Wednesday, February 10, 2016

Moderates, Negotiators, and Compromisors

It is almost axiomatic. As a nation becomes increasingly polarized, either it must stop, or there will be civil war.



Or, as Abraham Lincoln famously said, "A house divided against itself cannot stand."

What other option is there?

Some people living in opposite sides of the house see a different future. At some point, the other side is going to see the wrongness of its ways. Its sensible majority will see the light and come over to "our side" while a few die-hards will become politically impotent. Then, we can enjoy the promised utopia.

But that is not going to happen.

This polarization is not based on evidence. Evidence and rational thinking drive people to consensus, it does not push them into opposite corners. There is something else - something other than reason - at work here.

That is to say, if we are going to ask why people are adopting the views that they adopt, the answer is not going to be, "Because they have learned more about how the world adopts and they are driven to these conclusions by an improved understanding of the facts". It is "something else".

A likely candidate for this "something else" is tribal psychology. People divide the world into two groups - "us" and "them". "We" are right in all things and deserve to rule the world, while "they" are the source of all that is wrong. If only there were fewer of "them" in the world, we would all be able to live peaceful and happy lives. But "they" are ruining things for all of us, and "they" must be dealt with appropriately. We simply need the right leader who will put them in their place.

I would suggest that anybody who finds themselves in one of these polarizing groups look at this fact carefully. It "feels" right and good and proper to see the world in terms of "us" and "them". However, this does not imply that the attitudes that one is adopting are correct or harmless.

The next step in this "us" versus "them" way of thinking is to eliminate those who compromise, those who negotiate, those who seek a middle ground. Moderates are traitors. They are giving up what is right and good and proper and giving in to the sources of all that is wrong in the world. This cannot be permitted.

We reach a point where being a moderate . . . a negotiator . . . a compromisor . . . is even worse than being one of "Them". One is an enemy. The other is a traitor. Enemies can at least be respected for being true to their beliefs. Traitors cannot be granted even that measure of respect.

This is what drives the two groups further away from each other - towards their opposite corners.

History tells us how this story ends. Eventually, people build up enough of a hatred of "them" that there is violence. Fellow members of one tribe cheer and celebrate the violence and the people who commit it. The members of the other tribe feel that they have been treated unjustly and that some sort of "pay back" is deserved. Of course, the first group will view this "pay back" as unjust and undeserved, and they will then see their own "pay back".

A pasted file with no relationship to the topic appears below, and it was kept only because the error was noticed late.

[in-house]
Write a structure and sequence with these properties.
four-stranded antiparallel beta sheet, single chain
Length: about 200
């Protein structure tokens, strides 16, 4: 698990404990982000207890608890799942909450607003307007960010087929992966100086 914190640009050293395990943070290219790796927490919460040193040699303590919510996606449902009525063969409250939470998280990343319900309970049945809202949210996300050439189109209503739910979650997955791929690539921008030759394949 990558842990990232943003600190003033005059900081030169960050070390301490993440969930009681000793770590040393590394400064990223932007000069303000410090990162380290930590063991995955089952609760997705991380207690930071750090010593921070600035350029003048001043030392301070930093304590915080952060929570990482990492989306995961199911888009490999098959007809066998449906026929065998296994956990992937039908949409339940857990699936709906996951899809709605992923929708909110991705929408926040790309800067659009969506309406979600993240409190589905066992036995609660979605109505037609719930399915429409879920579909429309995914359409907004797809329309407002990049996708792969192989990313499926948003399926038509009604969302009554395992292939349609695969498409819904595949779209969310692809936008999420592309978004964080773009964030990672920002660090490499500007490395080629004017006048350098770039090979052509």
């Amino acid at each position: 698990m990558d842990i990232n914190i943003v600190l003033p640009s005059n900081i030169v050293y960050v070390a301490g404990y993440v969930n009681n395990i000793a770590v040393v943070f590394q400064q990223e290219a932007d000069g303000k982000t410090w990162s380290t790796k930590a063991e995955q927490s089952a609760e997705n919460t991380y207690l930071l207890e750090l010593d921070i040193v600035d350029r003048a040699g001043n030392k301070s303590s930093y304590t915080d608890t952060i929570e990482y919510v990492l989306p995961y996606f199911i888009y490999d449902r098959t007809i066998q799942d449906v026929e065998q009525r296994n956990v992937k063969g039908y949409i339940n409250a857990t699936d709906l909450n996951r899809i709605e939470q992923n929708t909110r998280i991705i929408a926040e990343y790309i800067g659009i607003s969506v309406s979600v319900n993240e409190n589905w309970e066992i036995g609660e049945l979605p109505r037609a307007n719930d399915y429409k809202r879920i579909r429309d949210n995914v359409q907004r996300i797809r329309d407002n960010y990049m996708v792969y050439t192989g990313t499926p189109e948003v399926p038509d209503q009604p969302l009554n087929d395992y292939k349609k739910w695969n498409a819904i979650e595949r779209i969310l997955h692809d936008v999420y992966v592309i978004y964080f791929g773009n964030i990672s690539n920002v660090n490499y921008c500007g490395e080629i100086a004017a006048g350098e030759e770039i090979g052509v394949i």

Two groups create growing lists of grievances that justify their violence against the other side, whose growing list of grievances justify their violence in return.

The person who says that this doesn't happen - that people will never allow their differences to reach such a point - have simply never read history or ignore almost all of what they have read.

What is the way out?

I would suggest that we acquire a policy of shunning the extremists - the people who portray the world as a battle between "us" and "them", and who "them" only as people to be beaten and subjugated, never as people to talk with. In its place, I would suggest that we elevate the moderates, the negotiators, and the compromisors.

There is another argument for this position.

One of the driving forces of polarization is arrogance - the certainty of the conviction that "we" are right and "they" are wrong. Yet, this certainty of conviction, as I have already noted, is not data-driven thinking. It is driven, instead, by a psychological disposition to view "us" as better than "them". From here, confirmation bias and a number of other mental short circuits go to work to provide "evidence" for the preferred belief. This, too, works on both sides of the divide. Members of both teams are convinced beyond all doubt that they are incapable of error, and that the other side is incapable of truth.

In fact, this is not the case. There are truths and fictions on both sides of the divide. The truths on one's own side, and the fictions on the other side, are exactly what is used to bolster the belief in one's superiority. Ignoring, of course, the fictions on one's own side and the truths on the other side that the other team is using to prove their own superiority.

The moderates . . . the negotiators . . . the compromisors . . . these are the ones who have at least some hope of bringing together the truths on both sides and leaving behind the fictions. This works to the benefit of both sides. However, it does require that people abandon a bit of their arrogance and replace it with a healthy dose of humility.

Is Morality Against Having Fun?

Is morality anti-fun?